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At the botánica Los Siete Arcángeles 2 in the Bronx, New York, visitors browse aisles offering herbs for a variety of ailments, aerosols that promise to ward off evil spirits and “Come to me!” votive candles that, once lit, can miraculously “ bring back your man.”
Originating in the Caribbean including Puerto Rico and Cuba, these shops specialize in selling folk remedies and religious icons, though amid the colorful votives and amulets you can find household items like detergent and toothpaste.
While there are no official statistics on the number of botánicas in New York or across the U.S., botánicas are found in traditionally Latino enclaves like the Bronx but also in hipster neighborhoods that have gone through gentrification like Williamsburg, Brooklyn and Austin, Texas.
In the U.S., "botánicas were developed due to the realities of urban temperate climatic areas, where you could not go outside and pick the plants necessary for healing," said Dr. Marta Moreno Vega, founder of the Caribbean Cultural Center African Diaspora Institute and noted Afro-Puerto Rican scholar. "As New York City became home to Cubans and Puerto Ricans during the 1940's, a smart entrepreneur realized that setting up stores that would sell these products was a smart idea.”
Owned by a Dominican immigrant, Siete Arcángeles caters to those interested in Dominican Vudú, also referred to as 21 Division. According to employee Joshua Hernandez, 28, 21 Divisions evolved from the fusion of Catholic, indigenous (specifically the Taínos) and African worship.
“African slaves who were brought to the Caribbean would syncretize their saints with Catholic saints that most resembled their spirits” he said.
The Morning Rundown
Further up the road, located on a bustling intersection in the Bronx, sits another botánica, Original Products Company. Opened in 1958 by Sephardic Jews who emigrated from Turkey, Original Products is an outlier in its line of business in that the industry is still largely run by Latinos.
The retail store offers spiritual consultations, herbal remedies and a space where long-time customers can feel at home.
The colorful orange storefront is warm and inviting. A makeshift shrine of Jesus and his disciples greets customers as they walk through the doors. A group of women talk among themselves in Spanish as they peruse the candle aisle. A customer consults with an employee, doubtful about the effectiveness of a charm necklace.
Bright lights, typical of many botanicas, illuminate aisles furnished with hundreds of votive candles, oils, religious necklaces, assorted colognes and life-size saints of Saint Michael and Santa Muerte (Holy Death). A poster taped haphazardly on a pillar reads: “Whatever your ailment, we have a solution.”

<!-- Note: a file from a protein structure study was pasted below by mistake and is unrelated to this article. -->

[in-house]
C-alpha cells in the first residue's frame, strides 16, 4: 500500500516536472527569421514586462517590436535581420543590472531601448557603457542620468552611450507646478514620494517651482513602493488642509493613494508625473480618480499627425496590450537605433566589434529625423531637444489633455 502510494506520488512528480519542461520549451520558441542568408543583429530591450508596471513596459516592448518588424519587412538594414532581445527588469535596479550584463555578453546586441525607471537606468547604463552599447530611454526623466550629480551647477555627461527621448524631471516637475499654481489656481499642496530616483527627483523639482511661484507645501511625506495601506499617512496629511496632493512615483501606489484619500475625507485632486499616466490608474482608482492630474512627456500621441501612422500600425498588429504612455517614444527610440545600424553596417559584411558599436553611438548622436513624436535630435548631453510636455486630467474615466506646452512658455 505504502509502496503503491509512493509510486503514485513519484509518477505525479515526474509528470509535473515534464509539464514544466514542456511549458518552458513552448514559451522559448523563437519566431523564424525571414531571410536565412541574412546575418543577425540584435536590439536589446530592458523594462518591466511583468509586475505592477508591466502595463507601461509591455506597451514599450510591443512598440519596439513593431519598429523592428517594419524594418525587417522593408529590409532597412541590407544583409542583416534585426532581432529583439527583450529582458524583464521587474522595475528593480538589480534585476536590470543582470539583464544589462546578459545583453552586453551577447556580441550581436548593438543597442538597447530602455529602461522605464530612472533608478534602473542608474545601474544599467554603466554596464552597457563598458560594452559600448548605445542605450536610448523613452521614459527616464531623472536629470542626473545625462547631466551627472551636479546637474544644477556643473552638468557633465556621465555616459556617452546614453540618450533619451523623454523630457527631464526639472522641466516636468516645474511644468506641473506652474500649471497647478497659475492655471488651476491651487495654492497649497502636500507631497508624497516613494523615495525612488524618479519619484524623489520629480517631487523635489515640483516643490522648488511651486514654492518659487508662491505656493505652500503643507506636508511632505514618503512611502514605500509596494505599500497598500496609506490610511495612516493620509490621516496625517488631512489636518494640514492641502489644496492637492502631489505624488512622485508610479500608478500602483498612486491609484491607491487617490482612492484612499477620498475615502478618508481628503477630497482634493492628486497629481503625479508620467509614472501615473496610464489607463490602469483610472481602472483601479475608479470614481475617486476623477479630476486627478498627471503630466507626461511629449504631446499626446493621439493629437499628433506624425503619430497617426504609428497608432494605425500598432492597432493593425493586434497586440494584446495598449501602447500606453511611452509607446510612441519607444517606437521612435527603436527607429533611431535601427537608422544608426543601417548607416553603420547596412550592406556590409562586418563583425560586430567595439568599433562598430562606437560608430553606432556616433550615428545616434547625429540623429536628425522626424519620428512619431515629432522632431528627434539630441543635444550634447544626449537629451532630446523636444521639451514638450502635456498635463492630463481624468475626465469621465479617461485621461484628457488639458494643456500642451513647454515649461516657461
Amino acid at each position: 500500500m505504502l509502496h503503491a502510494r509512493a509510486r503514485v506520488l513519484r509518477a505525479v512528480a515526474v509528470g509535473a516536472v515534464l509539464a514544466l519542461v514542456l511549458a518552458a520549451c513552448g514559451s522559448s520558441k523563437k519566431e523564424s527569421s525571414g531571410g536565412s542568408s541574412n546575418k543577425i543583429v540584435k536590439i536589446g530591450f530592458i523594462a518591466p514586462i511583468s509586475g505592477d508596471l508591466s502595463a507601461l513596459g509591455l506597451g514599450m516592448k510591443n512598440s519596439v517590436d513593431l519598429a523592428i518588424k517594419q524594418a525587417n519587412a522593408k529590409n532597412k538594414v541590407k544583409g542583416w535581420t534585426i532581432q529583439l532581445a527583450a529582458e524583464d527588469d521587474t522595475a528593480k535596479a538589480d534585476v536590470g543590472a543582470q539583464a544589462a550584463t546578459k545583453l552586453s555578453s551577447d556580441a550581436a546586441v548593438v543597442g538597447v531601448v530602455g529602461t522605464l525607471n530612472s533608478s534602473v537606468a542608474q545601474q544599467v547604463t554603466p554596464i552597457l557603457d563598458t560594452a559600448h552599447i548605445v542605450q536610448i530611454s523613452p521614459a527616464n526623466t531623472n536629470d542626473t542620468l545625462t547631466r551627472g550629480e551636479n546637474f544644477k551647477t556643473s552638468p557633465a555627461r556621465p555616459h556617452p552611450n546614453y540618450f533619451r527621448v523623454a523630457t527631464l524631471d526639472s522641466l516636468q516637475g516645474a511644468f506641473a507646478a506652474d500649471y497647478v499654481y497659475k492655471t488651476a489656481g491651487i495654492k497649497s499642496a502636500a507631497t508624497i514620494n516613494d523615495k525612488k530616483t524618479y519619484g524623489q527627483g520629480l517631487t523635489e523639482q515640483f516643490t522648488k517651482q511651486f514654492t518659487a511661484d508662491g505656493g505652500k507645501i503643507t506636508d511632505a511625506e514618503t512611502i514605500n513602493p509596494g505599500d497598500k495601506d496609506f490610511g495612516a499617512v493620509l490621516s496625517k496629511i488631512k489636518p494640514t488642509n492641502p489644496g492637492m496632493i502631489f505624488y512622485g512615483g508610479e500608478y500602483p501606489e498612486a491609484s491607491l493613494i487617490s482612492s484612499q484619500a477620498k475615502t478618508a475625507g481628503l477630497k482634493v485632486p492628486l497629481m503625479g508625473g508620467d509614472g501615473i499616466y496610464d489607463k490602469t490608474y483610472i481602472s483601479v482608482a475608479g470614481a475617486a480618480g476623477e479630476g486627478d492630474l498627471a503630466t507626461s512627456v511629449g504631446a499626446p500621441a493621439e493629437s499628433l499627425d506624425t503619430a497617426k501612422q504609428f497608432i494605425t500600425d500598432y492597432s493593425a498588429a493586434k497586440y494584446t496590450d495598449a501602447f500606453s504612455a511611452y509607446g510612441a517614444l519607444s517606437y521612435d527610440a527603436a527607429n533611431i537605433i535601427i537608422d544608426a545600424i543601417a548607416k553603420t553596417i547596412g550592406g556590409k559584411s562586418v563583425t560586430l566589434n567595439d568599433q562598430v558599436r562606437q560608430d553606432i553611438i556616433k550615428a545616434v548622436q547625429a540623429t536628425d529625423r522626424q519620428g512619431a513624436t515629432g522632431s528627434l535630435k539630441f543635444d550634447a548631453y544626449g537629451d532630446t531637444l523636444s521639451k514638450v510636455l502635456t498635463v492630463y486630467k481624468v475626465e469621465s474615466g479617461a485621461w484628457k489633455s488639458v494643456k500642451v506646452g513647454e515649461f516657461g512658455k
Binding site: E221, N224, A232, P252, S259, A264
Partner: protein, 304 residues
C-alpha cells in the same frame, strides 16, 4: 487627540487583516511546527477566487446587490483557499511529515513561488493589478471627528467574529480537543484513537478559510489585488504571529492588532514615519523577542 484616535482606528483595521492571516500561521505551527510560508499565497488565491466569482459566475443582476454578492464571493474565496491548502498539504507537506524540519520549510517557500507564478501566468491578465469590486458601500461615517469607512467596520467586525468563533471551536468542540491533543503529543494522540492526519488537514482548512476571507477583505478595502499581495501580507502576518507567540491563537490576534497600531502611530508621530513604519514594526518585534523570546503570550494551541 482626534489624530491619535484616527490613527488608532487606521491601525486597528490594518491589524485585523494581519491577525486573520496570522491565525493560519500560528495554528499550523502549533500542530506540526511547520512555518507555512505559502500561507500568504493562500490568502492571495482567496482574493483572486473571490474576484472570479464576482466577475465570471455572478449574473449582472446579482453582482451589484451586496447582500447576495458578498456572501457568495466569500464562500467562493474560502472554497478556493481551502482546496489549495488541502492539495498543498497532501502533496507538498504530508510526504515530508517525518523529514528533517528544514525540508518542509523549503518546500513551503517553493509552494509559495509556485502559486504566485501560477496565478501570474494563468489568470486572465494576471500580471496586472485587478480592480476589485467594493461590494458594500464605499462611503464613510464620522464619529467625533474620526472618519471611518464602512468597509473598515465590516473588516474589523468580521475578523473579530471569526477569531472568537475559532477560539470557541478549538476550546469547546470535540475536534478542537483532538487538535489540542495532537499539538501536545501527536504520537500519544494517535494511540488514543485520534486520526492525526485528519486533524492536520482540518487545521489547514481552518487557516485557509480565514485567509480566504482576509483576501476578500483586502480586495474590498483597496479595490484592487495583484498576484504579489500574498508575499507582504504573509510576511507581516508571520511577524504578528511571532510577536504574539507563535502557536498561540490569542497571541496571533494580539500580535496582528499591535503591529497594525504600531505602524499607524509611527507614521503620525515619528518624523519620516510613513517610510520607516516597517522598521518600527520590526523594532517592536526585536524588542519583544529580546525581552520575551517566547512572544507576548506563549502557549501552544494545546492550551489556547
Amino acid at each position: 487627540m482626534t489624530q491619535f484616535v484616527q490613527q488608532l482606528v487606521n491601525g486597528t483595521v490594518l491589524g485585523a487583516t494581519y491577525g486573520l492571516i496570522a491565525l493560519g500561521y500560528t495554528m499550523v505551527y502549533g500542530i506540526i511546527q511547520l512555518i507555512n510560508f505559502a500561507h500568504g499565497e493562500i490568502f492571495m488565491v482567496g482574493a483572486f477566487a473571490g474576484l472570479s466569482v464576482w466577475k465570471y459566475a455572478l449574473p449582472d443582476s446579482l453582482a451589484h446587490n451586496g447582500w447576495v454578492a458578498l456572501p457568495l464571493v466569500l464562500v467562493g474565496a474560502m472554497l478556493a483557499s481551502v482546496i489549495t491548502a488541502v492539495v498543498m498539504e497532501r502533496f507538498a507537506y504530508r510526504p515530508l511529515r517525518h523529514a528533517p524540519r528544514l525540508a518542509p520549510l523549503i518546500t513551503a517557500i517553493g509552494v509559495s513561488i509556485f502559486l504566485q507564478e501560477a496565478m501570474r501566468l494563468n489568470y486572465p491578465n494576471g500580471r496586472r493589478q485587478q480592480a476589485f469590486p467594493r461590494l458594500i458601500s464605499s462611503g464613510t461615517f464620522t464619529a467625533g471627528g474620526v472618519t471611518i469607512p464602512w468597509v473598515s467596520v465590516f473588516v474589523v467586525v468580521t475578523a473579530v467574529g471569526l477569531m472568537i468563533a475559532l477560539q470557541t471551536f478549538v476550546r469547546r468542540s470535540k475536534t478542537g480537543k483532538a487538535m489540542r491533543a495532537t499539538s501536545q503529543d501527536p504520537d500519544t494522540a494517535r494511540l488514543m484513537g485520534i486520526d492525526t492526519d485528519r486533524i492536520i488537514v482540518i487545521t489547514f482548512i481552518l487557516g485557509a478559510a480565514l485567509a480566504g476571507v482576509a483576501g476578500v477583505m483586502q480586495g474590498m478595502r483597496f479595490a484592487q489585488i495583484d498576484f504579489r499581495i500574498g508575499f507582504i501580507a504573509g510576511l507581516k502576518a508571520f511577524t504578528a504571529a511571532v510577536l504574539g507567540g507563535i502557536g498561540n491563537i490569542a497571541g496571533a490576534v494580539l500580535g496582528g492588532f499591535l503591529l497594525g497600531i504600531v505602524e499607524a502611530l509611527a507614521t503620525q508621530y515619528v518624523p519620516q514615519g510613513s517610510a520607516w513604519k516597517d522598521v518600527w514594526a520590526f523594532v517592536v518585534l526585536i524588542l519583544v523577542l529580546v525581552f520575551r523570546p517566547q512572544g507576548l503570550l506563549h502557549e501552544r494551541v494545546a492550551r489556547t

“They come to me because herbs work like magic,” said long-time employee Rita Martinez who is known by her customers as the “herb lady.”
Amid the cold and flu season, Martinez has seen a surge in sales of turmeric and Echinacea, herbs used to help ward of flu-like symptoms.
Her customers are overwhelmingly first and second generation Latinos, but she has slowly seen more non-Latino whites and African-Americans entering the store. Martinez points out that many of the customers like the fact they sell herbs and plant-based teas they recognize.
Maria, 42, a Cuban-American, heard that the Original Products selection of reasonably priced herbs were a bargain.
“ I am going to give you half a pound of corn silk. Add boiling water and drink as a tea,” said Martinez to Maria.
In New York's East Village, the San Elías Botánica Flowers specializes in tarot card readings for those wishing to see what the future might hold.
Liz Mary Tejada, 25, is the shop owner of San Elías. She is the daughter of a Dominican mother and a Haitian father. Her parents emigrated to New York in the 1970s. Like many who came seeking better opportunities, Ms. Tejada’s parents came with little and worked their way up. They always had aspirations to own a business, so when the opportunity came they opened up a shop in 2007 while their daughter was in middle school.
Tejada, a petite woman with striking blue eyes, apologizes for the shop’s appearance as she has been working to revamp it; it has only been a month since she took over the family business. As her father got older the business began to suffer, she explained. “ I worked on Wall Street for a bit, at the U.S. Chamber of Commerce as a business manager but then I left the position to work here.”
Tejada grew up in a Catholic household, yet does not profess to be particularly devout. Like many other millennials, she is a “religious none,” a person who does not have a specific religious affiliation. She says she views religion and spirituality as two sides of the same coin.“ I put my faith in a lot of places.”
Even though a majority of Tejada’s clientele is Latino, she has seen a shift in her customers; more Asians, whites and African-Americans are now stopping in. “They come because life is getting harder, people look for something to help them,” she speculated.